Why might that be? Are we fed up with the intellectual laziness, the shallowness of modern politics? The obfuscation and the puerility? The notion that you should ‘vote for us… because we aren’t them’. Is it because we don’t know what we can believe anymore, so why believe anything?
We are now used to a diet of platitudes, thought bubbles, half-truths, outright untruths, opacity and focus group-driven populist approaches based on whatever it takes to get re-elected. We see disgraceful episodes such as the one that occurred in Senate Estimates a few weeks ago. And the leap to defend the indefensible.
I can see on television the people we employ to work in our interests behave in a way we would not tolerate in our own small children.
Sadly at a time when trust is so low, contempt so high it appears they don’t even try to get better. They seem not to understand that trust is what we give them when they earn it, not what they get because they are where they happen to be.
And the shallow self-interest is breathtaking.
We get told, for example, to drop our ‘pre-occupation’ with climate change (and control immigration) to win the next election. A vision for our country that extends all the way to, what, maybe August this year or May next year at the latest. After all, we are told, those tactics won one in 2013.
We have climate science experts dubbed “alarmists” and “zealots” for whom “the cause has become a substitute religion”. We are told that policymakers should not become subservient to the advice of scientists; it seems it is OK to ignore expertise and run a scare campaign to gather a few more votes.
We are told that the age of entitlement is over, for us. But not for everybody. Look at some recent events. Mr Joyce conceded he thought he was a goner from the beginning but stayed in Cabinet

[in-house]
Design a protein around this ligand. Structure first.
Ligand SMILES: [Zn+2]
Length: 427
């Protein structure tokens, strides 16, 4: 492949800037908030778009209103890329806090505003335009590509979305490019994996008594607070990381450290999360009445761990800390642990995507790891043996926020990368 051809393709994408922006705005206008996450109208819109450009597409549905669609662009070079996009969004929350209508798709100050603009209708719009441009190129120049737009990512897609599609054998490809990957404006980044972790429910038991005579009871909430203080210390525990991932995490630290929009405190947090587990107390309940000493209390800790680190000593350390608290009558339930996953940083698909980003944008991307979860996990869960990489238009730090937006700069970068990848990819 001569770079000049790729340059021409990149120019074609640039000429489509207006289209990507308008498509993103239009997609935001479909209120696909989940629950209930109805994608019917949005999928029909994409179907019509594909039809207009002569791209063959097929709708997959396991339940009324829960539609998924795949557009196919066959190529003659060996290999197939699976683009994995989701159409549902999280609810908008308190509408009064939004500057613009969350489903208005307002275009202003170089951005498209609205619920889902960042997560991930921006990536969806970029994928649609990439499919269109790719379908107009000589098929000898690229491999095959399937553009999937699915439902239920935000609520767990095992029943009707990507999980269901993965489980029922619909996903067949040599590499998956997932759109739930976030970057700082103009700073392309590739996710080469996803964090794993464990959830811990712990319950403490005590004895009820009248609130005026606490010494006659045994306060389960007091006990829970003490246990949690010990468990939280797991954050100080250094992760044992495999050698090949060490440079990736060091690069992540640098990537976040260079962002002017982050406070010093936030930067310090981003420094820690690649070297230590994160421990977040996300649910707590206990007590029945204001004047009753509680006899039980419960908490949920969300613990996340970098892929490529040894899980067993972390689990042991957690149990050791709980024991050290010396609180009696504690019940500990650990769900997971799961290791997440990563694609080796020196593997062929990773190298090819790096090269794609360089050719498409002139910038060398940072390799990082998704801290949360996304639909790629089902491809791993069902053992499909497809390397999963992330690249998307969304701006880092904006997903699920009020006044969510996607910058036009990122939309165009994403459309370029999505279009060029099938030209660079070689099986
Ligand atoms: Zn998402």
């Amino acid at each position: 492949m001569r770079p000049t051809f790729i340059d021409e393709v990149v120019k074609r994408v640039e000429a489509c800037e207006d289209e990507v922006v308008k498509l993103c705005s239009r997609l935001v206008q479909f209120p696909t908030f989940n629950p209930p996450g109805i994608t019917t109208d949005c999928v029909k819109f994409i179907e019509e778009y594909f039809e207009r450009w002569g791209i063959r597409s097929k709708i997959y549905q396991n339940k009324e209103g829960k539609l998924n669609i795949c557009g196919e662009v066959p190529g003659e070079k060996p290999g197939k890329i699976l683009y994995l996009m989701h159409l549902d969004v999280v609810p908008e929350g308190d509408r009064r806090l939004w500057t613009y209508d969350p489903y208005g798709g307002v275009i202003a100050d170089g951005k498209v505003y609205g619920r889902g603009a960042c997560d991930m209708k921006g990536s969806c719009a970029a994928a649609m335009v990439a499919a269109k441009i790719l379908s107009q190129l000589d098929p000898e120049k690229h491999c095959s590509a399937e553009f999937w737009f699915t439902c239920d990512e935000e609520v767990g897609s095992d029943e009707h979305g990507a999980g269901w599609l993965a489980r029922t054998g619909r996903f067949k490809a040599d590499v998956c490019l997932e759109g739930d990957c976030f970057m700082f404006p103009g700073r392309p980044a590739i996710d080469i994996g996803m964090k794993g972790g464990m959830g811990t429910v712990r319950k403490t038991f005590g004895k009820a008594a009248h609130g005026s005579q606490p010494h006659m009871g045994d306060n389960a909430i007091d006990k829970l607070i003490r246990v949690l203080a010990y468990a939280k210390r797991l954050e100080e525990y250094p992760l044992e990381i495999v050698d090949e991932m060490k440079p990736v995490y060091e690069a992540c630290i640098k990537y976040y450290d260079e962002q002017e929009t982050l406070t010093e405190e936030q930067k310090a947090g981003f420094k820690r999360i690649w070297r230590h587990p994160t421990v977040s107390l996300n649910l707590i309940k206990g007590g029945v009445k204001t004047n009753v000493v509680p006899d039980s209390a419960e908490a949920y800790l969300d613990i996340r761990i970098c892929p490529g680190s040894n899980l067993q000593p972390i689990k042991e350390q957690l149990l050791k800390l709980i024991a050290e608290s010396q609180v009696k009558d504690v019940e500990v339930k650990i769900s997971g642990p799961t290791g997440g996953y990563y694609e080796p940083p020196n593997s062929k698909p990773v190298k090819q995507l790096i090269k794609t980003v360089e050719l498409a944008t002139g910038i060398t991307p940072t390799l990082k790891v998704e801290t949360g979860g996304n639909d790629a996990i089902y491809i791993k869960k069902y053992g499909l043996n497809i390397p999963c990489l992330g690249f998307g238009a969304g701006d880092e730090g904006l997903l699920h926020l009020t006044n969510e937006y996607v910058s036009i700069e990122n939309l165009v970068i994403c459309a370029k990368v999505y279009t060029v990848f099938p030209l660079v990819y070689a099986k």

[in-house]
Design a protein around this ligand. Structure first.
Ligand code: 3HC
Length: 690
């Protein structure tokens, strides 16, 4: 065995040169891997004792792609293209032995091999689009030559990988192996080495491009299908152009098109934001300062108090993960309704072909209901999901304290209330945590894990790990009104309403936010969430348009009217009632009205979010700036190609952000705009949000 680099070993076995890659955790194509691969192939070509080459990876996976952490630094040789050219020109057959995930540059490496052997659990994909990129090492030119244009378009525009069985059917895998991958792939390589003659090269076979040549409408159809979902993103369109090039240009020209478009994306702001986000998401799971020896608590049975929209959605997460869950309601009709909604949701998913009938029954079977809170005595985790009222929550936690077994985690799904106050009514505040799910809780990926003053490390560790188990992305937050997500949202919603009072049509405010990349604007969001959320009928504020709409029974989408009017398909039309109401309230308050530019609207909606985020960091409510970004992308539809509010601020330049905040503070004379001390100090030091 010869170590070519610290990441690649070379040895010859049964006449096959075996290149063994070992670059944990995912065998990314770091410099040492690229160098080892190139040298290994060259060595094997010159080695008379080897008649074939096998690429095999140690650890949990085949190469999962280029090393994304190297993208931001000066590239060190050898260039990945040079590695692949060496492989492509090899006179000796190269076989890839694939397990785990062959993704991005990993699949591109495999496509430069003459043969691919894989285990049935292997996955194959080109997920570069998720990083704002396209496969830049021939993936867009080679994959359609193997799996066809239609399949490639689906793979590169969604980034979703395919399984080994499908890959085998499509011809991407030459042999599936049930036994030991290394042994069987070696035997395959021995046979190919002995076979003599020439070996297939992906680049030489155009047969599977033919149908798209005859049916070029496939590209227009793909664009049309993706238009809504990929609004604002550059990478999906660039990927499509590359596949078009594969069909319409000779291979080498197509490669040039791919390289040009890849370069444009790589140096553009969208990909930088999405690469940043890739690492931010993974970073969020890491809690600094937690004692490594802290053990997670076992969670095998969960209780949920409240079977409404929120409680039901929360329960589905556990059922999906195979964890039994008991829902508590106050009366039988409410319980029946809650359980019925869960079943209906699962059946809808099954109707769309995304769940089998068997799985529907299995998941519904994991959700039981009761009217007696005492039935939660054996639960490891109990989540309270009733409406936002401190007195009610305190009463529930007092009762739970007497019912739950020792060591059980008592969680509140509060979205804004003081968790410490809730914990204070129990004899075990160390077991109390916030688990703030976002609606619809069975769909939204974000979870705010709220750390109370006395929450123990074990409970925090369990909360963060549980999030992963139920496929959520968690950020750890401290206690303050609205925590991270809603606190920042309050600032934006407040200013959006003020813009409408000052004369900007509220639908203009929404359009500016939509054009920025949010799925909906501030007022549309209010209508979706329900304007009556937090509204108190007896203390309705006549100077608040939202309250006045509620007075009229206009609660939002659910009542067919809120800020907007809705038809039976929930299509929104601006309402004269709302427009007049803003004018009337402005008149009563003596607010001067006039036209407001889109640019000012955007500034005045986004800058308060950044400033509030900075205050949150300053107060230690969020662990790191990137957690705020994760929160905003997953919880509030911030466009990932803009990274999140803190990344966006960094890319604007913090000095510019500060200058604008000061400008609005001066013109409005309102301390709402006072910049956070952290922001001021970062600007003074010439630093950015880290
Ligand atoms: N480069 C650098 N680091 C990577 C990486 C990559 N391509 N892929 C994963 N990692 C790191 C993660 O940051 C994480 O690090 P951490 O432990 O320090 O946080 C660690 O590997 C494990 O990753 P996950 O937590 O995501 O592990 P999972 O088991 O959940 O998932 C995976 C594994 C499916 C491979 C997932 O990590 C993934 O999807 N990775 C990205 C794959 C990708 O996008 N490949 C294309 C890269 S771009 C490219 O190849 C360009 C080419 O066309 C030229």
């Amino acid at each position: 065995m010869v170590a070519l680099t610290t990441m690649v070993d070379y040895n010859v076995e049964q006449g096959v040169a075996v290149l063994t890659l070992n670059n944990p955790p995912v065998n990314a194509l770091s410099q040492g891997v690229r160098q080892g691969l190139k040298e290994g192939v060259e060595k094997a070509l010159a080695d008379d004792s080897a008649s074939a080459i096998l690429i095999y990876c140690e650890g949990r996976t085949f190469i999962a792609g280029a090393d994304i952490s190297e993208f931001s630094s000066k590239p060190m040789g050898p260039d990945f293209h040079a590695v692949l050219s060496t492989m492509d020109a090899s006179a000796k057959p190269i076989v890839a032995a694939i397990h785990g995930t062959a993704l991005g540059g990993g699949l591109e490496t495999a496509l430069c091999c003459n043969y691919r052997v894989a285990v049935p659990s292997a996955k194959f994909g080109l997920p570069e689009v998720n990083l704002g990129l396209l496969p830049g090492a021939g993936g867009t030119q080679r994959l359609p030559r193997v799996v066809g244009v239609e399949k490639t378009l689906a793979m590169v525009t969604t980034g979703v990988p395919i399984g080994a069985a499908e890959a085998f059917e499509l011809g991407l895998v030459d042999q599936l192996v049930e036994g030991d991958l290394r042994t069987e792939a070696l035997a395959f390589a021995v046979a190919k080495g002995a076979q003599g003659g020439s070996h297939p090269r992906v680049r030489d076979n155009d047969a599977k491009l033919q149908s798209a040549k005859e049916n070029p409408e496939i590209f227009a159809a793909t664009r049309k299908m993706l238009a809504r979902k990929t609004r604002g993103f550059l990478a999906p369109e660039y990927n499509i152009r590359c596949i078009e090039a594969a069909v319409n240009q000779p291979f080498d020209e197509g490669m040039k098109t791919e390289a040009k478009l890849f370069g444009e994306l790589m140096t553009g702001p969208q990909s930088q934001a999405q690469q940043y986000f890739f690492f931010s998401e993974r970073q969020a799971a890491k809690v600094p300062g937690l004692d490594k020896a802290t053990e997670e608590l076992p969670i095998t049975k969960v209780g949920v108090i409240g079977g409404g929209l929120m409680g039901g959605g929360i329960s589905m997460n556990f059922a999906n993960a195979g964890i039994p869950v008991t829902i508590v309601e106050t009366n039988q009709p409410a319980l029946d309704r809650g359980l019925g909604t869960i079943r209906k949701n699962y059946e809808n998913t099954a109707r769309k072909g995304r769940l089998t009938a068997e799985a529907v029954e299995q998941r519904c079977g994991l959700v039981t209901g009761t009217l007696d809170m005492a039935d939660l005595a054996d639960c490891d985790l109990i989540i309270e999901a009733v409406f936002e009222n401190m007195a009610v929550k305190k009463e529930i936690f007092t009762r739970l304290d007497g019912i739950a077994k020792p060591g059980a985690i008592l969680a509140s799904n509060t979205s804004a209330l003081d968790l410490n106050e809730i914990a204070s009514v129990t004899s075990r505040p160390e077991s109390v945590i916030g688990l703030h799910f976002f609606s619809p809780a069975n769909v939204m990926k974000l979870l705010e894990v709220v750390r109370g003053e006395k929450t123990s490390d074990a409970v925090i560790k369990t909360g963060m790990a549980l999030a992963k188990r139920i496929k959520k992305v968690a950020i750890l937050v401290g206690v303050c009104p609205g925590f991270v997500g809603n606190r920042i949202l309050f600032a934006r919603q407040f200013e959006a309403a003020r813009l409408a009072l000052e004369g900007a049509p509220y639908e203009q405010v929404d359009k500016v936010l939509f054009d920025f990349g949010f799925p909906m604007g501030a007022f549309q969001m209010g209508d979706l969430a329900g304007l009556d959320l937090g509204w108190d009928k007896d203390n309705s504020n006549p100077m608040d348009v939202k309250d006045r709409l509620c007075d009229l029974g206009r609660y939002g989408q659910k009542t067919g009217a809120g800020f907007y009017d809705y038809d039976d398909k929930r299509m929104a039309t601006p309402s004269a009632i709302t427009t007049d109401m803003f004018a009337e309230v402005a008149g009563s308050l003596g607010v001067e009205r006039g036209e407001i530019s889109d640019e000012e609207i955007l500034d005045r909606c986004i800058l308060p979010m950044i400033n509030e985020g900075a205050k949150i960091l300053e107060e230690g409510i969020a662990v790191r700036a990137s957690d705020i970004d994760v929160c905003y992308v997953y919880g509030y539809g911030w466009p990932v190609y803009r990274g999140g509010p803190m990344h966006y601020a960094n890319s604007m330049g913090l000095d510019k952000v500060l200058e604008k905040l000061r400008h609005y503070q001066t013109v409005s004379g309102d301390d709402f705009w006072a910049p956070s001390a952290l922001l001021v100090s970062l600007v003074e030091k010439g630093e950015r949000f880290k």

– and all – until he was ejected by the High Court. Some ejected Senators expected their replacements to resign so they could get ‘their’ job back – pay, perks, power and all.
Questionable expenditure is ‘within entitlement’, although ‘to avoid ambiguity’ some is paid back – when the ‘clerical error’ is discovered.
We were told, by a senior member, that we shouldn’t trust them to get the legislation right after the same-sex marriage vote so we should vote ‘no’.
Did they care about the further damage he might do when he (and others) willingly trashed the political brand because they are too intellectually lazy to build a case for their cause – if there is a case for their cause to be built?
Conflict of interest is an expression most used in conjunction with ‘I don’t have one.’ But how would we know? We are told we don’t need a corruption commission because we have Senate Estimates. In the meantime, we learn that lobbyists are not deregistered when they break the rules.
How did we let it come to this? More significantly, why did we let it come to this?
I said in that Henry Parkes Oration, that we were fortunate to have had leaders who argued principles, who were consistent and coherent, and who used evidence and logic with patience and commitment. People who could negotiate and compromise without losing sight of their primary goal.
They did not take people, for granted; they knew how to construct and use a narrative to paint the picture as they made their case.
What do we get? Three-word mantras and self-serving self-interest.
Too many of the people whom we employ to lead us are not up to the job. Not all of them, but too many.
And the game they play won’t change until we re-write the rules of our expectation; when we demand that the people we employ to work in our interests actually do.
Professor Ian Chubb is an Australian neuroscientist who was Chief Scientist of Australia from 2011 to 2016. This was originally published in Pearls and Irritations on April 4 2018.